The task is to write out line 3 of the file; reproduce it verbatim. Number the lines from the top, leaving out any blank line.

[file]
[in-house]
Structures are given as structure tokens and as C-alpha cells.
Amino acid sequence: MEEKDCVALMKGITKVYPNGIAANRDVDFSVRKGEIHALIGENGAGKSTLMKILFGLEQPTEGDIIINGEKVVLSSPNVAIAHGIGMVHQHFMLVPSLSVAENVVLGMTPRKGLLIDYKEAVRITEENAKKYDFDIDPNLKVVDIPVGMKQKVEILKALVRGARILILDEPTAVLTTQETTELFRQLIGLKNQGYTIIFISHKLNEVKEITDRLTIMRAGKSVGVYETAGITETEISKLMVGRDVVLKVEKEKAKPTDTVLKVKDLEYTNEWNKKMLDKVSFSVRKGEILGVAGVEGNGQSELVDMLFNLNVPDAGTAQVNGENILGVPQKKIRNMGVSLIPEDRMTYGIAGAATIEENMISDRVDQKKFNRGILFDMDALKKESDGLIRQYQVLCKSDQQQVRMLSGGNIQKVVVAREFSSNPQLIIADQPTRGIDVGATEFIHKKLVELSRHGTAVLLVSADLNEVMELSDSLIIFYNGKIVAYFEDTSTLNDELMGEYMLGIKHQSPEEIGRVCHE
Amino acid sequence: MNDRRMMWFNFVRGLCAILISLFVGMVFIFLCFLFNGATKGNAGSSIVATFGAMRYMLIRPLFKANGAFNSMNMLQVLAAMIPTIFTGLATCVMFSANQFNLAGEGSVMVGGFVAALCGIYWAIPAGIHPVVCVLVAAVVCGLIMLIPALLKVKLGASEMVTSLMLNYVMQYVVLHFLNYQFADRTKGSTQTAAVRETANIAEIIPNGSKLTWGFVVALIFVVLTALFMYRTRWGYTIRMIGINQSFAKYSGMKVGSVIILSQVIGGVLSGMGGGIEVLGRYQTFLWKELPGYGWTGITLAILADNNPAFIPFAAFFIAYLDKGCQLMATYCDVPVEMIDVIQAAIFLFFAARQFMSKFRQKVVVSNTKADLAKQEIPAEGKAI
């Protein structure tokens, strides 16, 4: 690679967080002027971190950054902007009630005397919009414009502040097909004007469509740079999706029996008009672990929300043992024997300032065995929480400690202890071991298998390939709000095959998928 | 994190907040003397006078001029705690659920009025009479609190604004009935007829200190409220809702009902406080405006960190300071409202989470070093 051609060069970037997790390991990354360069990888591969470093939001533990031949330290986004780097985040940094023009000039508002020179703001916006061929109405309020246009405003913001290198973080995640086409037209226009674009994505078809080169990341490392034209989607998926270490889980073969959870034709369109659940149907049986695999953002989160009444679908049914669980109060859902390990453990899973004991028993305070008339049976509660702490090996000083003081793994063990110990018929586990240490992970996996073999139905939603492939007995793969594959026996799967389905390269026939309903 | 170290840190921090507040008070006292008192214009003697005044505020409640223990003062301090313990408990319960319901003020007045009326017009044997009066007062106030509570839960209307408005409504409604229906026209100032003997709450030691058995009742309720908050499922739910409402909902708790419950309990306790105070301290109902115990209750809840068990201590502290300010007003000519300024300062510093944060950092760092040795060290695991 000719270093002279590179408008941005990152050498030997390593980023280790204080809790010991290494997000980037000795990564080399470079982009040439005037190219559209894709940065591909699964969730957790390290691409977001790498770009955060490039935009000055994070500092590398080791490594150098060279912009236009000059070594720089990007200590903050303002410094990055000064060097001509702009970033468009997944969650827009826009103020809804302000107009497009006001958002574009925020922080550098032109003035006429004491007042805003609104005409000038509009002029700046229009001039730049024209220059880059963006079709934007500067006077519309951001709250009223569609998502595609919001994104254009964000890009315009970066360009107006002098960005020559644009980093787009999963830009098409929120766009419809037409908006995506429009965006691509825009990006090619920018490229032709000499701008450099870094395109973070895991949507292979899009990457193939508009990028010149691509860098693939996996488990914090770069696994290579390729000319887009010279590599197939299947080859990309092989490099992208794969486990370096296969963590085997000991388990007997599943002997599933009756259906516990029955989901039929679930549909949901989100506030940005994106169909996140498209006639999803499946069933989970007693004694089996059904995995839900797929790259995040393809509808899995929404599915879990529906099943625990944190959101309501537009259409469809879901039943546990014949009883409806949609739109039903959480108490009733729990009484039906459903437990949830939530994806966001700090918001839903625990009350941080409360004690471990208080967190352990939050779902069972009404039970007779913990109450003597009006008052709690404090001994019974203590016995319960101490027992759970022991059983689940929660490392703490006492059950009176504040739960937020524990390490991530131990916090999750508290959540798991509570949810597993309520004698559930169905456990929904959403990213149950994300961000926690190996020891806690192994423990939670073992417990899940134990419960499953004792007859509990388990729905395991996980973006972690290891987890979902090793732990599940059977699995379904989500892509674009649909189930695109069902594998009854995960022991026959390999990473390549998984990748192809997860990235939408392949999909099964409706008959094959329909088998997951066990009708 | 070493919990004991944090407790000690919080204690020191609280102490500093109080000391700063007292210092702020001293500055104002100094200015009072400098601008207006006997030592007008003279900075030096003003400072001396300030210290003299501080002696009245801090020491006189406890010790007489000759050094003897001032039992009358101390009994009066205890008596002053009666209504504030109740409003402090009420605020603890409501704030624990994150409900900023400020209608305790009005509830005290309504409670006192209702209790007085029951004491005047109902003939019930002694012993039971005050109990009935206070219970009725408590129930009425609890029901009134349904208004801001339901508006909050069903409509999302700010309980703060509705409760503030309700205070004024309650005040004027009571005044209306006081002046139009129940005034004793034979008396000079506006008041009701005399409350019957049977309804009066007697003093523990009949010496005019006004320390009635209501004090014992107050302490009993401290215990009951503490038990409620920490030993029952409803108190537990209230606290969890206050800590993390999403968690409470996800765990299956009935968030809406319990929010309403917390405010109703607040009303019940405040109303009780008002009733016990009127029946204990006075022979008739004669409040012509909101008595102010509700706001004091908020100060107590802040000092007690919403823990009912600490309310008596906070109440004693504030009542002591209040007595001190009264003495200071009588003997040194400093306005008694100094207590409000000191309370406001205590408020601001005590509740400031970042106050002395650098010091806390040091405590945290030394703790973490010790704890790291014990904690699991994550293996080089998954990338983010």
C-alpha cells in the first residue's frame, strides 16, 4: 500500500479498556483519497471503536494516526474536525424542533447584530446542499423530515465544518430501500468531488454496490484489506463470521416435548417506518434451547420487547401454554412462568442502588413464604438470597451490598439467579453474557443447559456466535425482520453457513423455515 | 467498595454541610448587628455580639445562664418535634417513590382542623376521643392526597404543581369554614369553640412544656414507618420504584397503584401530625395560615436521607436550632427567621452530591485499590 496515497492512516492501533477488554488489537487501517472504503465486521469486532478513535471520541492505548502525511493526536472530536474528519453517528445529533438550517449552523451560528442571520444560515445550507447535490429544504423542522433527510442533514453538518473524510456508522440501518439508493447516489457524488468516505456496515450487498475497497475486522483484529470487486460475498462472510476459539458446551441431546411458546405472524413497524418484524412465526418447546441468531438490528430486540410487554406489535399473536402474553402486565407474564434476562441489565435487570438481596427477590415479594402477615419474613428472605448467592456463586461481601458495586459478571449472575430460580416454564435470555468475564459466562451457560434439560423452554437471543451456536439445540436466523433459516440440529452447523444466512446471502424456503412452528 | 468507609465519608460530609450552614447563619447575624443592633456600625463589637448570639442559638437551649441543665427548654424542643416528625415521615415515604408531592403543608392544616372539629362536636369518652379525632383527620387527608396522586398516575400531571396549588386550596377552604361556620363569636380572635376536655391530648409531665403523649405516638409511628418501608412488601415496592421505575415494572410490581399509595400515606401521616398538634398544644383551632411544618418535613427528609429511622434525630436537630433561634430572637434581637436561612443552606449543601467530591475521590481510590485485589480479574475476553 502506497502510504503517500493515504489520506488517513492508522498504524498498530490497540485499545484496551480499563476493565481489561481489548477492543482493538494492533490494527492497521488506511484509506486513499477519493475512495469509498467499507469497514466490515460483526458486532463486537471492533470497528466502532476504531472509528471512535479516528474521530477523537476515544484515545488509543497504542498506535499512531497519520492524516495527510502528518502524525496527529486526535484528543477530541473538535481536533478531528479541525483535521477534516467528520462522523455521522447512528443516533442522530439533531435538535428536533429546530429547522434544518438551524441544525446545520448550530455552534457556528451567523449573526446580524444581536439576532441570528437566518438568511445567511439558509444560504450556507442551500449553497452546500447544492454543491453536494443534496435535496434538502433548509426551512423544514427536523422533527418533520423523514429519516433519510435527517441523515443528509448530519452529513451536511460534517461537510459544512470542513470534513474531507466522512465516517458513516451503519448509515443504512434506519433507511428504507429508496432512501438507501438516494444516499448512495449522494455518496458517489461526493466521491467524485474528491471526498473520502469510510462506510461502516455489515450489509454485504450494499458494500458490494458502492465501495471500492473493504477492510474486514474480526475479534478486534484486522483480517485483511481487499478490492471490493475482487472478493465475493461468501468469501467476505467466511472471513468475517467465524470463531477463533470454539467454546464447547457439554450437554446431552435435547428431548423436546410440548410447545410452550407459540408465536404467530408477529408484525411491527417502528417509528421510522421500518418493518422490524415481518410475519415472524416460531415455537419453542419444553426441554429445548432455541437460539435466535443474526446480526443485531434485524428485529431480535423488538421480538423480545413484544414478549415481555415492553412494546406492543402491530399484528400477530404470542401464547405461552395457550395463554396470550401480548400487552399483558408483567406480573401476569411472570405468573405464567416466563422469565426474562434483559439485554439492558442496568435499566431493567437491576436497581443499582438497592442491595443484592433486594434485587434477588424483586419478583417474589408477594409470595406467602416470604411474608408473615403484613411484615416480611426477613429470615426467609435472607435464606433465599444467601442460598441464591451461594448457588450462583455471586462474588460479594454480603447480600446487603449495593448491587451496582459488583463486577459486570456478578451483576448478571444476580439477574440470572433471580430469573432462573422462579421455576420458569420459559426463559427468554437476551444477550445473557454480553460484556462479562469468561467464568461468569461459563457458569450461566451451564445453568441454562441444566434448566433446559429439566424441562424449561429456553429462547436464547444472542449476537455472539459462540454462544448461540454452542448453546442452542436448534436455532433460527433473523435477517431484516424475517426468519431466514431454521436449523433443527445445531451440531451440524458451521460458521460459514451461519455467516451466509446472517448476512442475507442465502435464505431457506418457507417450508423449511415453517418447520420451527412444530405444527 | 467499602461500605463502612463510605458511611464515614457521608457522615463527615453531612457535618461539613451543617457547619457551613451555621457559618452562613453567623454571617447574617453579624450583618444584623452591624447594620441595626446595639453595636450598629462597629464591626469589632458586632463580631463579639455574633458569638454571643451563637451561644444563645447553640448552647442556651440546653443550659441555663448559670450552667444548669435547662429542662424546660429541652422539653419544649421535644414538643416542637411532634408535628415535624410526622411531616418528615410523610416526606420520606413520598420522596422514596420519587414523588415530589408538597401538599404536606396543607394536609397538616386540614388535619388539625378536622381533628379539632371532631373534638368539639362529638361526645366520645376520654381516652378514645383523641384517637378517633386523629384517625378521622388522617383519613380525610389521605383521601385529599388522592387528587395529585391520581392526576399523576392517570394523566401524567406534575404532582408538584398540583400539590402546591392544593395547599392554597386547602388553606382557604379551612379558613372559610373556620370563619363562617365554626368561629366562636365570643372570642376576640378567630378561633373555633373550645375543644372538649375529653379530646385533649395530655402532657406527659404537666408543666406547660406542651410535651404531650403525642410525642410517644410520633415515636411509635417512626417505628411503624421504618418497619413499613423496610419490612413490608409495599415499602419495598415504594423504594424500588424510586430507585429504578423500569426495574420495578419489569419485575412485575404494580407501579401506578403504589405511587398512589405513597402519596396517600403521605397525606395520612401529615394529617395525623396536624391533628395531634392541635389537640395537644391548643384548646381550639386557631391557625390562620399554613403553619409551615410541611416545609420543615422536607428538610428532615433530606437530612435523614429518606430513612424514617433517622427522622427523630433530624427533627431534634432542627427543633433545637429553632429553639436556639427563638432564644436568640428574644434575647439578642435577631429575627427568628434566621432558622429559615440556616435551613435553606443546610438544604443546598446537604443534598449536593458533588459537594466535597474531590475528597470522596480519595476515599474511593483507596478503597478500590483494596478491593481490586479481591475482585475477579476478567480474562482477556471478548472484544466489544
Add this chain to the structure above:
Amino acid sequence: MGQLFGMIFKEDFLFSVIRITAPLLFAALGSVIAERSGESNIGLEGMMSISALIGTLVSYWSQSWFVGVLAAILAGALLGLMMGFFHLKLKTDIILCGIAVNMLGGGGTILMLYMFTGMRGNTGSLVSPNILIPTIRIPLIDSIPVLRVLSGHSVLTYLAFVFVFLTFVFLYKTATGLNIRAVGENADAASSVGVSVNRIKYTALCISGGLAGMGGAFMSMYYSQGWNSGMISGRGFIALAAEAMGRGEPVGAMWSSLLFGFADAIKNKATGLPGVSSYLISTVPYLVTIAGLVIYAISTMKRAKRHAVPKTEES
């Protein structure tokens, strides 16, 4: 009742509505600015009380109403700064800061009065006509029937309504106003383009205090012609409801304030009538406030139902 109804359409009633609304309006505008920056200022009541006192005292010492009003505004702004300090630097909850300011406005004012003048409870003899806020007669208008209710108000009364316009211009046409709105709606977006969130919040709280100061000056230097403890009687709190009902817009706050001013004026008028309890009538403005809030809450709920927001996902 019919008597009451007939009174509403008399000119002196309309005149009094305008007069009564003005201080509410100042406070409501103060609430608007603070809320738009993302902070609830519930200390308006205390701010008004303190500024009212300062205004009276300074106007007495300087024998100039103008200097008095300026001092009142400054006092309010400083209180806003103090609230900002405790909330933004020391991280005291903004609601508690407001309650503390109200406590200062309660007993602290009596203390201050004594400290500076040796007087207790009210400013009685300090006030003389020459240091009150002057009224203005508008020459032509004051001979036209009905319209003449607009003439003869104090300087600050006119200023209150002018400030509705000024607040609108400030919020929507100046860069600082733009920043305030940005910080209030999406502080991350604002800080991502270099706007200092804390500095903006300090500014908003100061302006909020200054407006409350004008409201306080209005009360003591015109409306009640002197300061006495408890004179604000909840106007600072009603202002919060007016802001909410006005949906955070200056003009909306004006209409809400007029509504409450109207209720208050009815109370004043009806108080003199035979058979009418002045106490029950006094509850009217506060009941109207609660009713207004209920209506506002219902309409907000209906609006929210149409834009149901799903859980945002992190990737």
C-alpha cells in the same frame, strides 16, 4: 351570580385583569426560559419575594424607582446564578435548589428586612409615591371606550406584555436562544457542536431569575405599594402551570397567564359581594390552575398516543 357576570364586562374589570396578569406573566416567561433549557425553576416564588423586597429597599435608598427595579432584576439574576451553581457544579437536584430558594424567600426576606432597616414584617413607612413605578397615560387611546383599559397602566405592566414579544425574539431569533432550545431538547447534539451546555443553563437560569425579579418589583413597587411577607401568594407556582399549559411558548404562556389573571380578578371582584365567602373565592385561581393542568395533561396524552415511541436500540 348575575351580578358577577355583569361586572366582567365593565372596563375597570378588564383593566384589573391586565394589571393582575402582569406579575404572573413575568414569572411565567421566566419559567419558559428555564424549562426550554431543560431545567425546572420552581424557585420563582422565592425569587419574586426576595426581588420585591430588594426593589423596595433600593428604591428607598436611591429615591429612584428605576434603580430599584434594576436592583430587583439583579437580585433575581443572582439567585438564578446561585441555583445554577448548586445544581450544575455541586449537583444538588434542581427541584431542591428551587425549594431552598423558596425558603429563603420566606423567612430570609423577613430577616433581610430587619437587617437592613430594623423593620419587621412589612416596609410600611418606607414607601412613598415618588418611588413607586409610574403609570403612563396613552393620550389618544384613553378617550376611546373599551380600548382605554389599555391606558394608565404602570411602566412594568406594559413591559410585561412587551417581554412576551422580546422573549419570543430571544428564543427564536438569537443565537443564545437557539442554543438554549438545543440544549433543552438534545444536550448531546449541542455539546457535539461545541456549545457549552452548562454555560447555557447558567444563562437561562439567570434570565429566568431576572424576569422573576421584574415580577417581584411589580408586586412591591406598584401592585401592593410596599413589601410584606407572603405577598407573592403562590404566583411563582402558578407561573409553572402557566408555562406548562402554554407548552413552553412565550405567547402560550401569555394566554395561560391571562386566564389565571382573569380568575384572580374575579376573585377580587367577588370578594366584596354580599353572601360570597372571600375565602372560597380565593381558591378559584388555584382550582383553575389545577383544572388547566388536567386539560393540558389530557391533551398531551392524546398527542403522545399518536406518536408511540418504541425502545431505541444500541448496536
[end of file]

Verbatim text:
Amino acid sequence: MEEKDCVALMKGITKVYPNGIAANRDVDFSVRKGEIHALIGENGAGKSTLMKILFGLEQPTEGDIIINGEKVVLSSPNVAIAHGIGMVHQHFMLVPSLSVAENVVLGMTPRKGLLIDYKEAVRITEENAKKYDFDIDPNLKVVDIPVGMKQKVEILKALVRGARILILDEPTAVLTTQETTELFRQLIGLKNQGYTIIFISHKLNEVKEITDRLTIMRAGKSVGVYETAGITETEISKLMVGRDVVLKVEKEKAKPTDTVLKVKDLEYTNEWNKKMLDKVSFSVRKGEILGVAGVEGNGQSELVDMLFNLNVPDAGTAQVNGENILGVPQKKIRNMGVSLIPEDRMTYGIAGAATIEENMISDRVDQKKFNRGILFDMDALKKESDGLIRQYQVLCKSDQQQVRMLSGGNIQKVVVAREFSSNPQLIIADQPTRGIDVGATEFIHKKLVELSRHGTAVLLVSADLNEVMELSDSLIIFYNGKIVAYFEDTSTLNDELMGEYMLGIKHQSPEEIGRVCHE